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Re: Hole punching and mmap races

To: Dave Chinner <david@xxxxxxxxxxxxx>
Subject: Re: Hole punching and mmap races
From: Jan Kara <jack@xxxxxxx>
Date: Wed, 6 Jun 2012 01:15:30 +0200
Cc: Jan Kara <jack@xxxxxxx>, linux-fsdevel@xxxxxxxxxxxxxxx, xfs@xxxxxxxxxxx, linux-ext4@xxxxxxxxxxxxxxx, Hugh Dickins <hughd@xxxxxxxxxx>, linux-mm@xxxxxxxxx
In-reply-to: <20120605055150.GF4347@dastard>
References: <20120515224805.GA25577@xxxxxxxxxxxxx> <20120516021423.GO25351@dastard> <20120516130445.GA27661@xxxxxxxxxxxxx> <20120517074308.GQ25351@dastard> <20120517232829.GA31028@xxxxxxxxxxxxx> <20120518101210.GX25351@dastard> <20120518133250.GC5589@xxxxxxxxxxxxx> <20120519014024.GZ25351@dastard> <20120524123538.GA5632@xxxxxxxxxxxxx> <20120605055150.GF4347@dastard>
User-agent: Mutt/1.5.20 (2009-06-14)
On Tue 05-06-12 15:51:50, Dave Chinner wrote:
> On Thu, May 24, 2012 at 02:35:38PM +0200, Jan Kara wrote:
> > > To me the issue at hand is that we have no method of serialising
> > > multi-page operations on the mapping tree between the filesystem and
> > > the VM, and that seems to be the fundamental problem we face in this
> > > whole area of mmap/buffered/direct IO/truncate/holepunch coherency.
> > > Hence it might be better to try to work out how to fix this entire
> > > class of problems rather than just adding a complex kuldge that just
> > > papers over the current "hot" symptom....
> >   Yes, looking at the above table, the amount of different synchronization
> > mechanisms is really striking. So probably we should look at some
> > possibility of unifying at least some cases.
> 
> It seems to me that we need some thing in between the fine grained
> page lock and the entire-file IO exclusion lock. We need to maintain
> fine grained locking for mmap scalability, but we also need to be
> able to atomically lock ranges of pages.
  Yes, we also need to keep things fine grained to keep scalability of
direct IO and buffered reads...

> I guess if we were to nest a fine grained multi-state lock
> inside both the IO exclusion lock and the mmap_sem, we might be able
> to kill all problems in one go.
> 
> Exclusive access on a range needs to be granted to:
> 
>       - direct IO
>       - truncate
>       - hole punch
> 
> so they can be serialised against mmap based page faults, writeback
> and concurrent buffered IO. Serialisation against themselves is an
> IO/fs exclusion problem.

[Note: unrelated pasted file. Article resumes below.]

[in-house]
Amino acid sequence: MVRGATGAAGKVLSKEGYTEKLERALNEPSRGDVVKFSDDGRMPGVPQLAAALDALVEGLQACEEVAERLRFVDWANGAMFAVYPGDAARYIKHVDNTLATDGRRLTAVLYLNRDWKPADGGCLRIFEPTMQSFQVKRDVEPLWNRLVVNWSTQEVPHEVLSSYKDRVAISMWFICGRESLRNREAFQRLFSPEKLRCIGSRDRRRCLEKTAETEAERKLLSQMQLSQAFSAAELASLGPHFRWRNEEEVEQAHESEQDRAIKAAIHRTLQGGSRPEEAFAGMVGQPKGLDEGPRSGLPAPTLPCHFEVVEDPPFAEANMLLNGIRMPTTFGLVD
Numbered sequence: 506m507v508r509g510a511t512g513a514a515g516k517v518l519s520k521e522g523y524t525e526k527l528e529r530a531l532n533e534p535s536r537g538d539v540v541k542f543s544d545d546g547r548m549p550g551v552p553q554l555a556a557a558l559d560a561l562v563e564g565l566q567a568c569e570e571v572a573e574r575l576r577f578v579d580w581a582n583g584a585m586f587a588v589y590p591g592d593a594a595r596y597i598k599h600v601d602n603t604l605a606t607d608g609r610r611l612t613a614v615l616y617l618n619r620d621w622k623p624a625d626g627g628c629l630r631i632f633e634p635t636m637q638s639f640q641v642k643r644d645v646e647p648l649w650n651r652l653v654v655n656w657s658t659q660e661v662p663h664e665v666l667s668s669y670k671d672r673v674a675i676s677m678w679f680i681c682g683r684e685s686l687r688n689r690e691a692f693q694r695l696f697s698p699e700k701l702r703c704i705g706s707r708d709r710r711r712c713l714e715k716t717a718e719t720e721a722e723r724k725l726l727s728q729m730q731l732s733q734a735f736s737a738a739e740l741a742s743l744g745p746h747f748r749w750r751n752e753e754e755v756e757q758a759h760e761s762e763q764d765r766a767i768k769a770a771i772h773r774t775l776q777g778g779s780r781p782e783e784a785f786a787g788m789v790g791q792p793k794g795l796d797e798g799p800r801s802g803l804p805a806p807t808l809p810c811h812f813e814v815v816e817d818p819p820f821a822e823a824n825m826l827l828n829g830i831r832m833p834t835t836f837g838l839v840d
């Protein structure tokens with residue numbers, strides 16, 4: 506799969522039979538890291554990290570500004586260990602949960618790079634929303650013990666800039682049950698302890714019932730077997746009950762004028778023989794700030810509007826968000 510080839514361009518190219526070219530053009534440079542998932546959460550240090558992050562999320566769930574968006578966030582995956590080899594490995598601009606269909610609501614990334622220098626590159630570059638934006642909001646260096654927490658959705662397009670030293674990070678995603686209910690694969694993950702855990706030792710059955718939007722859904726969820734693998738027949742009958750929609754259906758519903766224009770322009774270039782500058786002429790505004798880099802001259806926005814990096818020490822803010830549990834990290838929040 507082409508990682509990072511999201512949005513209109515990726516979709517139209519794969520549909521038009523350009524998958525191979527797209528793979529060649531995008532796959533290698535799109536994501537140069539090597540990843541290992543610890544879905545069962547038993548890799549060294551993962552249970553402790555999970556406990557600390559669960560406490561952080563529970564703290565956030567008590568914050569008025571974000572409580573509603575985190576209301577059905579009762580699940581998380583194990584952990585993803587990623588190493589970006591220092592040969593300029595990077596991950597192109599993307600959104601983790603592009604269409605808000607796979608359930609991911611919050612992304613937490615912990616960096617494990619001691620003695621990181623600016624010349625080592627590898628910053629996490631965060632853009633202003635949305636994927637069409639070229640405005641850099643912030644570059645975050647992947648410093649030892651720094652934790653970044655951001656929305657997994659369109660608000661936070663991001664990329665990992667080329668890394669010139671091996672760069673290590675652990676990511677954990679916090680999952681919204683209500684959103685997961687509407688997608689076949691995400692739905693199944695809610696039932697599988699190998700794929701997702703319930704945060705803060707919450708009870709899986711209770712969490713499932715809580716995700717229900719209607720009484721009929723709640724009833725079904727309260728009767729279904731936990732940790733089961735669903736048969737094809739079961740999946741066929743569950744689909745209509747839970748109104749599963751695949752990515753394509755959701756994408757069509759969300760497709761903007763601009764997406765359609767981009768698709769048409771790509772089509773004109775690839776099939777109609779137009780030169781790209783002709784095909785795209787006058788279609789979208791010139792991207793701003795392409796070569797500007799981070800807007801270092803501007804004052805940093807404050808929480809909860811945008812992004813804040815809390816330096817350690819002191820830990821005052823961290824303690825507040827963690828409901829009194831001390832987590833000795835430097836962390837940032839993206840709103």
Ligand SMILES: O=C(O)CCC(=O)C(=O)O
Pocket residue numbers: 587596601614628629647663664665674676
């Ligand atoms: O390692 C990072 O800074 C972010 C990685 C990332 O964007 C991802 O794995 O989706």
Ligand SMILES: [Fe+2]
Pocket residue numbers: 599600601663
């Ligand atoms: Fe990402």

> 
> Shared access for traversal or modification needs to be granted to:
> 
>       - buffered IO
>       - mmap page faults
>       - writeback
> 
> Each of these cases can rely on the existing page locks or IO
> exclusion locks to provide safety for concurrent access to the same
> ranges. This means that once we have access granted to a range we
> can check truncate races once and ignore the problem until we drop
> the access.  And the case of taking a page fault within a buffered
> IO won't deadlock because both take a shared lock....
  You cannot just use a lock (not even a shared one) both above and under
mmap_sem. That is deadlockable in presence of other requests for exclusive
locking... Luckily, with buffered writes the situation isn't that bad. You
need mmap_sem only before each page is processed (in
iov_iter_fault_in_readable()). Later on in the loop we use
iov_iter_copy_from_user_atomic() which doesn't need mmap_sem. So we can
just get our shared lock after iov_iter_fault_in_readable() (or simply
leave it for ->write_begin() if we want to give control over the locking to
filesystems).
 
> We'd need some kind of efficient shared/exclusive range lock for
> this sort of exclusion, and it's entirely possible that it would
> have too much overhead to be acceptible in the page fault path. It's
> the best I can think of right now.....
>
> As it is, a range lock of this kind would be very handy for other
> things, too (like the IO exclusion locks so we can do concurrent
> buffered writes in XFS ;).
  Yes, that's what I thought as well. In particular it should be pretty
efficient in locking a single page range because that's going to be
majority of calls. I'll try to write something and see how fast it can
be...

                                                                Honza
-- 
Jan Kara <jack@xxxxxxx>
SUSE Labs, CR

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